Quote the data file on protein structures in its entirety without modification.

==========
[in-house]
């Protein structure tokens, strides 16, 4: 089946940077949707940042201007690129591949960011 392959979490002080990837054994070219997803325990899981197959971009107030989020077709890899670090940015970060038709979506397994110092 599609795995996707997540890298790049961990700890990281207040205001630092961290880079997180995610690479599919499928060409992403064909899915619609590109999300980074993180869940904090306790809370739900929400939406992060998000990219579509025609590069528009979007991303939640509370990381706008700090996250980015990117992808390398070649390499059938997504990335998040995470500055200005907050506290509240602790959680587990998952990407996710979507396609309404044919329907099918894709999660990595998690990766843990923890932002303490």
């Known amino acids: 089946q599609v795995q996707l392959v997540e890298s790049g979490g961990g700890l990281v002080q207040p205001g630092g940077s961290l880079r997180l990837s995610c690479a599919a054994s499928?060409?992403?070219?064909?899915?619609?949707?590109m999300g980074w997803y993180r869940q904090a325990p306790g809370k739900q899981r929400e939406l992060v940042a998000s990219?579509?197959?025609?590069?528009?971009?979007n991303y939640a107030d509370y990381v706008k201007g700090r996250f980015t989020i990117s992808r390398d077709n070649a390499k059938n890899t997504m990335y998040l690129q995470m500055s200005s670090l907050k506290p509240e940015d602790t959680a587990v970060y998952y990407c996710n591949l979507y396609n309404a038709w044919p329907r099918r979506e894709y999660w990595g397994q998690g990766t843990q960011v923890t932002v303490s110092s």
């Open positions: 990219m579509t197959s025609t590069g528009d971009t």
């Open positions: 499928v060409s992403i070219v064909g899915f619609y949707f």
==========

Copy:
[in-house]
């Protein structure tokens, strides 16, 4: 089946940077949707940042201007690129591949960011 392959979490002080990837054994070219997803325990899981197959971009107030989020077709890899670090940015970060038709979506397994110092 599609795995996707997540890298790049961990700890990281207040205001630092961290880079997180995610690479599919499928060409992403064909899915619609590109999300980074993180869940904090306790809370739900929400939406992060998000990219579509025609590069528009979007991303939640509370990381706008700090996250980015990117992808390398070649390499059938997504990335998040995470500055200005907050506290509240602790959680587990998952990407996710979507396609309404044919329907099918894709999660990595998690990766843990923890932002303490």
């Known amino acids: 089946q599609v795995q996707l392959v997540e890298s790049g979490g961990g700890l990281v002080q207040p205001g630092g940077s961290l880079r997180l990837s995610c690479a599919a054994s499928?060409?992403?070219?064909?899915?619609?949707?590109m999300g980074w997803y993180r869940q904090a325990p306790g809370k739900q899981r929400e939406l992060v940042a998000s990219?579509?197959?025609?590069?528009?971009?979007n991303y939640a107030d509370y990381v706008k201007g700090r996250f980015t989020i990117s992808r390398d077709n070649a390499k059938n890899t997504m990335y998040l690129q995470m500055s200005s670090l907050k506290p509240e940015d602790t959680a587990v970060y998952y990407c996710n591949l979507y396609n309404a038709w044919p329907r099918r979506e894709y999660w990595g397994q998690g990766t843990q960011v923890t932002v303490s110092s």
């Open positions: 990219m579509t197959s025609t590069g528009d971009t």
């Open positions: 499928v060409s992403i070219v064909g899915f619609y949707f």